After examination of the present native mobile app development challenges in part one and the introduction in Xamarin in part two of this blog series, the final part comprises insights and learnings out of direct project practice.
In the last months we collected various insights into the implementation of an iOS and Windows 7 client using Xamarin.
Basically we can anticipate that the experience was predominantly positive. Nevertheless we must mention flaws that should be considered prior a project launch.
Advantages — General
A platform neutral code-basis up to 50% — 70% is achievable.
It is possible to parallelize web development (incl. backend) and frontend development teams by the separation of UI and business logic.
A strict separation of UI and business logic is enforced.
Theoretically it is possible to maximize the Code-Sharing proportion up to 100% using Xamarin Forms
The used toolchain is known and technically mature. Visual Studio, TFS, Jenkins, Git, etc. (Xamarin Studios is not listed but has to be used on Mac)
In case there is a productive .NET backend, the existing data model inclusive logic can be used for the client development.
Unfortunately, beside these positive aspects we also discovered a bunch of unpleasant peculiarities:
Disadvantages — General
Out of an Android and iOS point of view one gets caught in the Xamarin Ecosystem. The existing codebase cannot be used further in case of changing to a direct native iOS or Android development later on. As a consequence the whole client has to be redeveloped.
Visual Studio as Windows IDE is sufficient. Xamarin Studio, which is required for development on Max OS X, is not as mature as Xcode or AppCode and can be frustrating.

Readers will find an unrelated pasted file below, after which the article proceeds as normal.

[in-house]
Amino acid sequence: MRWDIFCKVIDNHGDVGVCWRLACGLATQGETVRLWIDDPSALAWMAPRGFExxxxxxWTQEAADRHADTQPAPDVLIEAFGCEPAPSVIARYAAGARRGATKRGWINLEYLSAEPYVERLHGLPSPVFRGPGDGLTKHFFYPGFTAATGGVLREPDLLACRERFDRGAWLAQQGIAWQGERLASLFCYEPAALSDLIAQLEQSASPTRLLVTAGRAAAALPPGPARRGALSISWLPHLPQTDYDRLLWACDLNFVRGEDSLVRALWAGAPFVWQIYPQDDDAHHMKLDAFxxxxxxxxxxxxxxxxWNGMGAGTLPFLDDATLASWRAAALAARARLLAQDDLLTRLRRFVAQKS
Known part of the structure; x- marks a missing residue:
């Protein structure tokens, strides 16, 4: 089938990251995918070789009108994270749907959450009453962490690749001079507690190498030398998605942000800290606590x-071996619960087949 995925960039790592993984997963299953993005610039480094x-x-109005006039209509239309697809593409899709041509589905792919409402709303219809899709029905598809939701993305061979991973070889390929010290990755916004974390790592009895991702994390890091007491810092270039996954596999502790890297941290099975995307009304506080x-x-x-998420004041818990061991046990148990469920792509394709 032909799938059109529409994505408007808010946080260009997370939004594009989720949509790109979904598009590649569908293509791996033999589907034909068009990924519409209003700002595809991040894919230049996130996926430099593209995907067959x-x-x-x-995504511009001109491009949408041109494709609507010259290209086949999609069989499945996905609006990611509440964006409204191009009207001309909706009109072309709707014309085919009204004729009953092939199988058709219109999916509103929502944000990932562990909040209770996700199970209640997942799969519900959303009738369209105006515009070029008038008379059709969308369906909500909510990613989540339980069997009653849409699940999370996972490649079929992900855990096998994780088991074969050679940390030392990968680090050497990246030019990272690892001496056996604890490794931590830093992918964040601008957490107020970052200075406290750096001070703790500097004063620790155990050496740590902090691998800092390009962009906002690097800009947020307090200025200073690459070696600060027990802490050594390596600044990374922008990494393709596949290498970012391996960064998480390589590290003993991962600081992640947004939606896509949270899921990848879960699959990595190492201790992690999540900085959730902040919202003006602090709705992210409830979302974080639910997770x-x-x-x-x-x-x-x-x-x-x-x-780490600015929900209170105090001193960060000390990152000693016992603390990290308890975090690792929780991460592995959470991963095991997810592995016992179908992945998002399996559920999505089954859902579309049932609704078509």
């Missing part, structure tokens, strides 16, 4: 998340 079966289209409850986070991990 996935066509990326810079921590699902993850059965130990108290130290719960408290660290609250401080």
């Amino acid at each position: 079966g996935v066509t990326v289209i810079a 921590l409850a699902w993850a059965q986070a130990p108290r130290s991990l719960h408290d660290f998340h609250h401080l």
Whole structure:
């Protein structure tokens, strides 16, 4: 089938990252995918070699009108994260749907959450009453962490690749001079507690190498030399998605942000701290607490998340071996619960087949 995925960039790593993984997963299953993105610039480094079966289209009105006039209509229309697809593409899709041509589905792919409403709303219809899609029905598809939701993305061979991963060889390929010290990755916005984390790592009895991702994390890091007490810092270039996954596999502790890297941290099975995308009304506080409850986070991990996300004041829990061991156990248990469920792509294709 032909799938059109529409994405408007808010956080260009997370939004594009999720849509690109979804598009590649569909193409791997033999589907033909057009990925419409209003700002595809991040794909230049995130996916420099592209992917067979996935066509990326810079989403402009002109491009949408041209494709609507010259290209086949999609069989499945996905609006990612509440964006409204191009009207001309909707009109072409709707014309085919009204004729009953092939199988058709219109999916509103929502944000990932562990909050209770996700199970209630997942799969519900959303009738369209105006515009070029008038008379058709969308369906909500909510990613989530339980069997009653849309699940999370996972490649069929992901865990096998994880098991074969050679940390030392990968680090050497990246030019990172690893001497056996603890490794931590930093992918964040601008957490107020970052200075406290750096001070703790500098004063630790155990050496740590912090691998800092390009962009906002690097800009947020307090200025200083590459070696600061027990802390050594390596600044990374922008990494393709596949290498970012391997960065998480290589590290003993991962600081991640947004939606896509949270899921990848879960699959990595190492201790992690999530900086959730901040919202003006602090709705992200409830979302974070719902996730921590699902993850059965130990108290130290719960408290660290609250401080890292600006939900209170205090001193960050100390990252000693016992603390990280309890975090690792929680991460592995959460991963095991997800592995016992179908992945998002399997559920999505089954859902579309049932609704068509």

Apple’s instruments — one of the most helpful iOS development tool — is near entirely useless because the .NET Runtime is blackboxed for this application. Only less important attributes can be monitored. Thereby it is referenced on Assembler-References in general. This circumstance withdraws an important optimization and analysis tool from the developers.
We encountered several app crashes that I haven’t experienced during my four years classical iOS development not even once.
Disadvantages — Technical
The Xamarin-“Overhead” respectively its footprint increases direct proportional to the amount of linked APIs and slows the app launch down.
Platform specific and C#/.NET architecture-concepts are mixed. Therefore the client-specific implementation has to be reconsidered.
Xamarin related bugs are possible because of an additional layer in the toolchain (https://bugzilla.xamarin.com/buglist.cgi?quicksearch=*). These bugs can cause not reproducible app crashes.
The threading deviates from the known platform specific behavior. The Grand Central Dispatcher (Mac OS X and iOS) is not available for instance.
Although an existing KeychainItemWrapper, the keychain access is unstable on iOS systems.
XIB’s has to be modified on Xcode. Changes will be adopted by synchronization between Xamarin Studio and Xcode (IBOutlets etc.). If this process fails it has to be initialized manually.
Xamarin Forms is a further attempt to transfer the platform specific UI code into platform neutral code. A nearly platform neutrality could be theoretically achieved by a new API which provides pages, layouts and controls. Unfortunately this is not sufficient for complex GUIs because a generic UI, based on the greatest common factor / similarities, will be established again.
As often the world is not black and white. Therefore Xamarin cannot be recommended unconditionally but it’s neither a further unsuccessful Cross Platform Development approach. The decision to use Xamarin depends on the project specific conditions and requirements. After our first huge Xamarin project we acquired the needed know-how to support you as a potential customer in the decision-making process.